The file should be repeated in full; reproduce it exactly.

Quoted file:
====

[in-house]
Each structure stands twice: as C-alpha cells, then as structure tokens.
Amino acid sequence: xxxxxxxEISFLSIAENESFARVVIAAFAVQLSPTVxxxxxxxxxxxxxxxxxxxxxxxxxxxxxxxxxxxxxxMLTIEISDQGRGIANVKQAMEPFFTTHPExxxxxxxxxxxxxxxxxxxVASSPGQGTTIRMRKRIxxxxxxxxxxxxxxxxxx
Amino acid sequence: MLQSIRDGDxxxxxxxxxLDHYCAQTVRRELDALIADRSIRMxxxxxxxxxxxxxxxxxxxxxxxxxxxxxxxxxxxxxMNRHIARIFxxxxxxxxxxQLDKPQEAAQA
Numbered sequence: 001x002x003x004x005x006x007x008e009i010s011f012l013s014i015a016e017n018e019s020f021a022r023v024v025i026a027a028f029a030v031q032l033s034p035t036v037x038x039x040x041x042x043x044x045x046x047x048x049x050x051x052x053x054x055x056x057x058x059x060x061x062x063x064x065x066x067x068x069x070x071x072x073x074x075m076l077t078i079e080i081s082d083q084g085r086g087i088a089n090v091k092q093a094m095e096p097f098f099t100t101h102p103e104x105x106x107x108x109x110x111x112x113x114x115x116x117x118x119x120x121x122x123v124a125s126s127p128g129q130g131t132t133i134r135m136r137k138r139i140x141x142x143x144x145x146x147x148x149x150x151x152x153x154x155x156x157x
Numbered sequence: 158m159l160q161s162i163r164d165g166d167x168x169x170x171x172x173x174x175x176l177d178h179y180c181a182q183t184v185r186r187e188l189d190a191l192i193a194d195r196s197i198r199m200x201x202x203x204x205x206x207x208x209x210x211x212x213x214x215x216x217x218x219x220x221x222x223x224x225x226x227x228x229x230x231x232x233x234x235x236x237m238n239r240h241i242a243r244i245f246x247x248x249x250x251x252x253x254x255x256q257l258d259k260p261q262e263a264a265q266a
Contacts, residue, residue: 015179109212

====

[in-house]
Each structure stands twice: as C-alpha cells, then as structure tokens.
Amino acid sequence: xxxxxxxEISFLSIAENESFARVVIAAFAVQLSPTVxxxxxxxxxxxxxxxxxxxxxxxxxxxxxxxxxxxxxxMLTIEISDQGRGIANVKQAMEPFFTTHPExxxxxxxxxxxxxxxxxxxVASSPGQGTTIRMRKRIxxxxxxxxxxxxxxxxxx
Amino acid sequence: MLQSIRDGDxxxxxxxxxLDHYCAQTVRRELDALIADRSIRMxxxxxxxxxxxxxxxxxxxxxxxxxxxxxxxxxxxxxMNRHIARIFxxxxxxxxxxQLDKPQEAAQA
Numbered sequence: 001x002x003x004x005x006x007x008e009i010s011f012l013s014i015a016e017n018e019s020f021a022r023v024v025i026a027a028f029a030v031q032l033s034p035t036v037x038x039x040x041x042x043x044x045x046x047x048x049x050x051x052x053x054x055x056x057x058x059x060x061x062x063x064x065x066x067x068x069x070x071x072x073x074x075m076l077t078i079e080i081s082d083q084g085r086g087i088a089n090v091k092q093a094m095e096p097f098f099t100t101h102p103e104x105x106x107x108x109x110x111x112x113x114x115x116x117x118x119x120x121x122x123v124a125s126s127p128g129q130g131t132t133i134r135m136r137k138r139i140x141x142x143x144x145x146x147x148x149x150x151x152x153x154x155x156x157x
Numbered sequence: 158m159l160q161s162i163r164d165g166d167x168x169x170x171x172x173x174x175x176l177d178h179y180c181a182q183t184v185r186r187e188l189d190a191l192i193a194d195r196s197i198r199m200x201x202x203x204x205x206x207x208x209x210x211x212x213x214x215x216x217x218x219x220x221x222x223x224x225x226x227x228x229x230x231x232x233x234x235x236x237m238n239r240h241i242a243r244i245f246x247x248x249x250x251x252x253x254x255x256q257l258d259k260p261q262e263a264a265q266a
Contacts, residue, residue: 015179109212